Gov. Mike Beebe said Arkansas will move forward on a partnership with the federal government for an online insurance marketplace required under President Barack Obama’s health care overhaul, though he believes the state can revisit that decision later.
Beebe said he hadn’t found support from lawmakers to opt for a state-run model of the insurance exchange, in which households and private businesses shop for private coverage. Beebe had told the federal government that Arkansas would opt for a partnership model in a letter last month, but left open the possibility of a state-run plan after the Obama administration extended the deadline.
“Right now the Legislature has indicated no desire to change anything to go to a pure state-run (exchange). So we’ll continue where we are and they’ll continue to gather information, and when and if I get a consensus or expression from the Legislature that they want to a state exchange, then we’ll write another letter,” Beebe told The Associated Press after speaking at the Agricultural Council of Arkansas’ annual meeting. “It may be an annual kind of change, depending on how quickly you can ramp it up and what their guidelines call for, but as I understand it we can always change if the Legislature wants to change.”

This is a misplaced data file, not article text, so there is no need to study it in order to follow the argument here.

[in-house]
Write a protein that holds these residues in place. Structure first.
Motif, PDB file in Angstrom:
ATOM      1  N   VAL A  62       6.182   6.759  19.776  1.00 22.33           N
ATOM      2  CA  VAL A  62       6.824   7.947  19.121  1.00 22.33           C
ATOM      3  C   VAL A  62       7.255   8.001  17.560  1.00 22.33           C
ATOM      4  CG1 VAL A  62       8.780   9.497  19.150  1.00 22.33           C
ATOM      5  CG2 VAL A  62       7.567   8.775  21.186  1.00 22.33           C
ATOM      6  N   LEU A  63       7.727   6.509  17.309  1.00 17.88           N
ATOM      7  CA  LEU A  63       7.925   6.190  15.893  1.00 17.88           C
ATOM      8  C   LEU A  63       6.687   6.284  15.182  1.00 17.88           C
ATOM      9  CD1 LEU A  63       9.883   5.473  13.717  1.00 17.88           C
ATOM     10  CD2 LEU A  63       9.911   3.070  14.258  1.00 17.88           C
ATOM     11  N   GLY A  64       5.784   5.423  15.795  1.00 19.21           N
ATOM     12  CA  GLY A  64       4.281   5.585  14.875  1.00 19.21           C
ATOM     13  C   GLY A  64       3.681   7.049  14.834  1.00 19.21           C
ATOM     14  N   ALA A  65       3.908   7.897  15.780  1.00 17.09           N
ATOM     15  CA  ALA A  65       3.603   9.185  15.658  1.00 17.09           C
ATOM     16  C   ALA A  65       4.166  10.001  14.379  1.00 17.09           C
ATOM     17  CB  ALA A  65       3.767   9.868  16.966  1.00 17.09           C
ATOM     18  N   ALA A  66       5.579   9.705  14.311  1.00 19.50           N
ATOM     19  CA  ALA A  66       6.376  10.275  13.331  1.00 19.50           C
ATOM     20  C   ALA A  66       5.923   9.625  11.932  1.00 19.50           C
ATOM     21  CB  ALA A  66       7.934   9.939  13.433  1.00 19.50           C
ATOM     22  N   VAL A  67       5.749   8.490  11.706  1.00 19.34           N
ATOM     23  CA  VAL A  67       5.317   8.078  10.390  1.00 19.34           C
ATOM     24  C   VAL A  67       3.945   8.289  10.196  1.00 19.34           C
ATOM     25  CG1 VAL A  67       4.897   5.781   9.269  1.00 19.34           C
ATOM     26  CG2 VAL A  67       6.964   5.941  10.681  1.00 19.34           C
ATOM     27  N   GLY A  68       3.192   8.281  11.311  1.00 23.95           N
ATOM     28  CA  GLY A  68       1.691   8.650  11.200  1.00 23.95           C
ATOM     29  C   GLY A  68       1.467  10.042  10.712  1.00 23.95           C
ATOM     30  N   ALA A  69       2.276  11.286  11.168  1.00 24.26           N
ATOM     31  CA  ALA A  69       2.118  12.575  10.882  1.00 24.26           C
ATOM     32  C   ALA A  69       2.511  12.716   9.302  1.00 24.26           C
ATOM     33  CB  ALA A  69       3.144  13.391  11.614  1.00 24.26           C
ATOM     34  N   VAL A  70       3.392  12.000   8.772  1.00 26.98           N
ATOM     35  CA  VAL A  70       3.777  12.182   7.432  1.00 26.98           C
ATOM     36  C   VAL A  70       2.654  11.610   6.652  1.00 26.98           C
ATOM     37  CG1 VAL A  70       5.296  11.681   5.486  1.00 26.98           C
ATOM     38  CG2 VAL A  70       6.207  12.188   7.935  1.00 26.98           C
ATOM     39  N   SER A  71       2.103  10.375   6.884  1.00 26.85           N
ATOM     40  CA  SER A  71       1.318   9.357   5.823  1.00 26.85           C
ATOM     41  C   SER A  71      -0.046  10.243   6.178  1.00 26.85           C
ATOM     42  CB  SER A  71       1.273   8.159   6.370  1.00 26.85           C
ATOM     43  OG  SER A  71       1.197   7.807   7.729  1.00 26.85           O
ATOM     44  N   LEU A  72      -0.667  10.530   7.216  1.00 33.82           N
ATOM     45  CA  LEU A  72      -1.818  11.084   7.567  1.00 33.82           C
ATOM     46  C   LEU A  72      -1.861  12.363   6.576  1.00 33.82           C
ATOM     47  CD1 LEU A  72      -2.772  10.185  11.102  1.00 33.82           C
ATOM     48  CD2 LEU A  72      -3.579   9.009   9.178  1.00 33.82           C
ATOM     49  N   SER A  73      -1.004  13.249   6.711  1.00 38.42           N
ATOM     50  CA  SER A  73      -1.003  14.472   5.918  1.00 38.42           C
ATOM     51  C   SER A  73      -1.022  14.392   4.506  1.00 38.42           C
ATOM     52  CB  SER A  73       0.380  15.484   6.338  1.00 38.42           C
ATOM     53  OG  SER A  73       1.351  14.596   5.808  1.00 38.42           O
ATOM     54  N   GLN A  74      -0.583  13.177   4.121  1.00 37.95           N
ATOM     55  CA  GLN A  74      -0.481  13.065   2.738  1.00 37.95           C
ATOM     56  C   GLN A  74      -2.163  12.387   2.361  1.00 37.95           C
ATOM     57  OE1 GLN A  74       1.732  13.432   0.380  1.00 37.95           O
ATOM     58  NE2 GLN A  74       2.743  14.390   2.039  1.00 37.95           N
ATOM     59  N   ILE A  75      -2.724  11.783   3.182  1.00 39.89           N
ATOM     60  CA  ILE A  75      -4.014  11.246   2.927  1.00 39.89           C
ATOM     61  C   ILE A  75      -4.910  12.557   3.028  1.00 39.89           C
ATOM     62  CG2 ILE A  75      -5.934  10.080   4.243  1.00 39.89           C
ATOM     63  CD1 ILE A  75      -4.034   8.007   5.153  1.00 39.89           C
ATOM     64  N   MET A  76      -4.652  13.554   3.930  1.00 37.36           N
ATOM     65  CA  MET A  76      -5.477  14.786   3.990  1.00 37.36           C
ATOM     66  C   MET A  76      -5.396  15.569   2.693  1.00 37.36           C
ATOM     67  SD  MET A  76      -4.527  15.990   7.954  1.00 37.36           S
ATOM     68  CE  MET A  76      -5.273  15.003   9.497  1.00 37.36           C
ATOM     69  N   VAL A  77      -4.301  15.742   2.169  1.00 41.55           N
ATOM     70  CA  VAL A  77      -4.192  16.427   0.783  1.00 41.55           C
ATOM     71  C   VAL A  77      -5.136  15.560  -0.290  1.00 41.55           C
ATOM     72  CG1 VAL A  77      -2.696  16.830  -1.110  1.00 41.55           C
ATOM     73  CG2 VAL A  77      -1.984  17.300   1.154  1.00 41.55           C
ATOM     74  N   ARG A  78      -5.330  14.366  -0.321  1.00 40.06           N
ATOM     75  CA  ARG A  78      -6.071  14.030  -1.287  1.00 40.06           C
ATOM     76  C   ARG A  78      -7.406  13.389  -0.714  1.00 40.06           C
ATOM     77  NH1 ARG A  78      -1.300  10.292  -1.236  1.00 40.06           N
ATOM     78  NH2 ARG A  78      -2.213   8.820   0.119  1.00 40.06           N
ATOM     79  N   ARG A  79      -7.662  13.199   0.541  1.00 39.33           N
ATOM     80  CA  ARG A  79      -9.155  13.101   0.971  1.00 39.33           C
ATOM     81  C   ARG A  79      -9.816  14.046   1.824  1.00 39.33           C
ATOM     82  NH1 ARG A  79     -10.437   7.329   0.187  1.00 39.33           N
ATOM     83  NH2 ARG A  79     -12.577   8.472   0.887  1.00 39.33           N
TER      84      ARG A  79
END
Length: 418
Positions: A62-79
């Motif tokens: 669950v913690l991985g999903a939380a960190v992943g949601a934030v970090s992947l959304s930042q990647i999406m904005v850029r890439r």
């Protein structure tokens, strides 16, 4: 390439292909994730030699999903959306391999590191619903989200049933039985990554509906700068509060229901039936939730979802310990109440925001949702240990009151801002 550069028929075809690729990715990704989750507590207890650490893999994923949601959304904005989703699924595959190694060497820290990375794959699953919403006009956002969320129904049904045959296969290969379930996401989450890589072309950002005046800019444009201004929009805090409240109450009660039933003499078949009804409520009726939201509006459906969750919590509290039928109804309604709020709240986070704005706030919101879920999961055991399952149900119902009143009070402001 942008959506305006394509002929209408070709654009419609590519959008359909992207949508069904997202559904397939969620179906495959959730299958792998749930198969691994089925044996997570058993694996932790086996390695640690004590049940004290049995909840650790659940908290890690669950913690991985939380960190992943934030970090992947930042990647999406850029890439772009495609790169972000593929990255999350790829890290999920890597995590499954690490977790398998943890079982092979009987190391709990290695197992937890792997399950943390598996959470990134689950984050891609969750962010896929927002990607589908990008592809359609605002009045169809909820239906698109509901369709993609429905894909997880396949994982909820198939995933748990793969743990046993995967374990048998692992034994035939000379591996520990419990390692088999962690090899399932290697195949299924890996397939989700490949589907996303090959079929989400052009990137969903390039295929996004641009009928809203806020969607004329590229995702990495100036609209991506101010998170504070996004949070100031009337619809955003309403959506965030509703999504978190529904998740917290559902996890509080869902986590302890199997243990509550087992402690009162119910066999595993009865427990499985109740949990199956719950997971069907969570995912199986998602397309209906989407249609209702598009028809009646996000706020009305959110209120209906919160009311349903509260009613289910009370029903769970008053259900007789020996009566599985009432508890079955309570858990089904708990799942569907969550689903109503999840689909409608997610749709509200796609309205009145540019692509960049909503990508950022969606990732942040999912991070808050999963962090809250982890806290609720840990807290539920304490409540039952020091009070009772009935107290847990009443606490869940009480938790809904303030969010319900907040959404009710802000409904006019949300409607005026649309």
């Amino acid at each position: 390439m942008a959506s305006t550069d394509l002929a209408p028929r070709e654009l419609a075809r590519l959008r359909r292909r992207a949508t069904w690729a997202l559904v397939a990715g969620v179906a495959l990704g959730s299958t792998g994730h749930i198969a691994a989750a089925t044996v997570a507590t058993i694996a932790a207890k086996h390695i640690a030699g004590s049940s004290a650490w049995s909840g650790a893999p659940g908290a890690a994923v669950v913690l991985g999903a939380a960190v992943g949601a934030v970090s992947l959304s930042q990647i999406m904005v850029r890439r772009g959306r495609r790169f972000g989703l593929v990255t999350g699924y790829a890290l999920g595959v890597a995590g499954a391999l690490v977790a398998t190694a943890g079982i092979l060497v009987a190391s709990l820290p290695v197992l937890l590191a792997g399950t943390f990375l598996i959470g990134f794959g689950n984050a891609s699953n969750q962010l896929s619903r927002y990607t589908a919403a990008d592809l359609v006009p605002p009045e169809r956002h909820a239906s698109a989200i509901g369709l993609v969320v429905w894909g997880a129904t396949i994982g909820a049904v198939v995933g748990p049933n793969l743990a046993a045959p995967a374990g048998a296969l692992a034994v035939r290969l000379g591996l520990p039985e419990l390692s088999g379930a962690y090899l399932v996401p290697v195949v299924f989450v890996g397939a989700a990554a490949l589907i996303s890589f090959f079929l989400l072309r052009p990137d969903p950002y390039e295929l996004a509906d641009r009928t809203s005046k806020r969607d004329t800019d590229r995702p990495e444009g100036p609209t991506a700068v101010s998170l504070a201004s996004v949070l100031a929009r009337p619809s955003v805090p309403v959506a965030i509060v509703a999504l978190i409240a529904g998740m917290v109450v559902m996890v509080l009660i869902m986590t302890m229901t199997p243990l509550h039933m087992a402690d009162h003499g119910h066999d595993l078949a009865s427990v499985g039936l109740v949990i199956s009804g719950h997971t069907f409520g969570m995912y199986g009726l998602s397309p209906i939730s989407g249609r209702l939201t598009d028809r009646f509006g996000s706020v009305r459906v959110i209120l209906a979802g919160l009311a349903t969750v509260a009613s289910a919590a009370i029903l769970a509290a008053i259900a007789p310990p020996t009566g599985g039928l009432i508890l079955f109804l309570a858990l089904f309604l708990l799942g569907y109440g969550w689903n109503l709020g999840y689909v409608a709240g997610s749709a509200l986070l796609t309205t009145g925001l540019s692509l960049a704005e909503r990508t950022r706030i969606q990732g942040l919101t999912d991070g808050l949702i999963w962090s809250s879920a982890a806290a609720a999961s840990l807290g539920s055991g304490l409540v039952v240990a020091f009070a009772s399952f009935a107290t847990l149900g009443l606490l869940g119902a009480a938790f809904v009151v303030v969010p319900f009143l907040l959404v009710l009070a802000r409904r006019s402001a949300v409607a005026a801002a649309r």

The partnership option allows states to handle consumer relations and oversight of health plans, while the federal government does the heavy lifting, taking care of enrollment and figuring out any taxpayer help that consumers may be entitled to. Beebe sent the letter opting for the partnership model before the Obama administration announced it would give states another month to decide on a state-run exchange.
Beebe, a Democrat, decided on the partnership model last year after Republican lawmakers blocked efforts for a state-run exchange. The state has since been moving toward a partnership model, and has received more than $27.7 million in grants from the federal government for planning. Republicans will control both chambers of the Legislature next year, and the incoming House speaker and Senate president have said they haven’t found much support for a state exchange.
Beebe said he wasn’t surprised at the lack of support, given the short period time since the federal government extended the deadline.
“That’s a little quick for them to wrap their arms around what their options are,” Beebe said.
The exchange is one of two major components of the federal health care law that Beebe and lawmakers must address. Beebe is urging lawmakers to support expanding Medicaid’s eligibility under the law, which would add 250,000 people to the program in the state.
Republicans have generally opposed the expansion, but have left open the possibility of a compromise that could include reforms to the state’s Medicaid program.
Beebe told the council expansion would help rural hospitals around the state by cutting down on the cost of uncompensated care they must address when patients don’t have insurance.
“They’re going to be paid for some of these people they wouldn’t get paid for that they’re servicing free,” Beebe said.